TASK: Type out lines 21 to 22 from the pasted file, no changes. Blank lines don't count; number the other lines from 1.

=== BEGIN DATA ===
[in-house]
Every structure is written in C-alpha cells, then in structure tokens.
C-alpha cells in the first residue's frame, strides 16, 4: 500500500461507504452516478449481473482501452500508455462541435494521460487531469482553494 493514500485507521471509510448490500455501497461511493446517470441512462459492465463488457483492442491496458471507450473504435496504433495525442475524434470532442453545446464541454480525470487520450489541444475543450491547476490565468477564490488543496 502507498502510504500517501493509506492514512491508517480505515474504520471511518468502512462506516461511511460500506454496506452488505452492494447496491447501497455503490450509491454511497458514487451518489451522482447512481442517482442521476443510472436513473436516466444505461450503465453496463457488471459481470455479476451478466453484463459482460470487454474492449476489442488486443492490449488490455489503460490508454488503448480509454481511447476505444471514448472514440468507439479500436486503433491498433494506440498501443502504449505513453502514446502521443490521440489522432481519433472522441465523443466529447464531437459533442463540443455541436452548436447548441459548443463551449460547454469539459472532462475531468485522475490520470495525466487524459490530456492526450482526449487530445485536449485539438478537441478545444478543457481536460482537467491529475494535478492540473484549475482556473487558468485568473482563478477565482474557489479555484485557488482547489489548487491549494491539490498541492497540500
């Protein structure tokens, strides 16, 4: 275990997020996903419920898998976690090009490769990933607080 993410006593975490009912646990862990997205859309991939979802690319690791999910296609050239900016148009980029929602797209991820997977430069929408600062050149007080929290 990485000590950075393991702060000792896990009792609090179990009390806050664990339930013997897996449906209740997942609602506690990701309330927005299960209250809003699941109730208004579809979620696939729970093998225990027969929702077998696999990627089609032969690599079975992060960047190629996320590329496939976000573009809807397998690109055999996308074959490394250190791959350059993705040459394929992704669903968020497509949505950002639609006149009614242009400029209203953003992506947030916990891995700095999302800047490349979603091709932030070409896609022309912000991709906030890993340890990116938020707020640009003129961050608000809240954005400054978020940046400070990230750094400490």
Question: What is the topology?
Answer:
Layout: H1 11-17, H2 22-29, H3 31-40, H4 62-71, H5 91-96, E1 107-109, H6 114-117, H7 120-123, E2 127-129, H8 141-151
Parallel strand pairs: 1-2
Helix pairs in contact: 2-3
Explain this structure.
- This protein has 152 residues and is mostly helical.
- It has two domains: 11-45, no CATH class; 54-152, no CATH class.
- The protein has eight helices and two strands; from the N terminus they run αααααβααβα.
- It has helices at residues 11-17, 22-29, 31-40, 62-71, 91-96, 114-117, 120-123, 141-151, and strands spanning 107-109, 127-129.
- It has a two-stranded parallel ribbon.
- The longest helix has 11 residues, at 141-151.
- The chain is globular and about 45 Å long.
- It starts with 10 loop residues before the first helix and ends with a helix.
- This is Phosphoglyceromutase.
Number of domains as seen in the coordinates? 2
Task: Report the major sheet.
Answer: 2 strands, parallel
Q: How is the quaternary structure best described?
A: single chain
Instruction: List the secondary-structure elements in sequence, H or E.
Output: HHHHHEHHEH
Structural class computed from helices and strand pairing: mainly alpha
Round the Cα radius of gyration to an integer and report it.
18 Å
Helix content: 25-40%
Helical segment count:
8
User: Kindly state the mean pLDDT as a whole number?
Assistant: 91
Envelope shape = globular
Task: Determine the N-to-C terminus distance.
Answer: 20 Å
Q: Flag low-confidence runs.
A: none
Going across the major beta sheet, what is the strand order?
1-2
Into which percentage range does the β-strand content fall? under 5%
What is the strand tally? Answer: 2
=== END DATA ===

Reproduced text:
Task: Report the major sheet.
Answer: 2 strands, parallel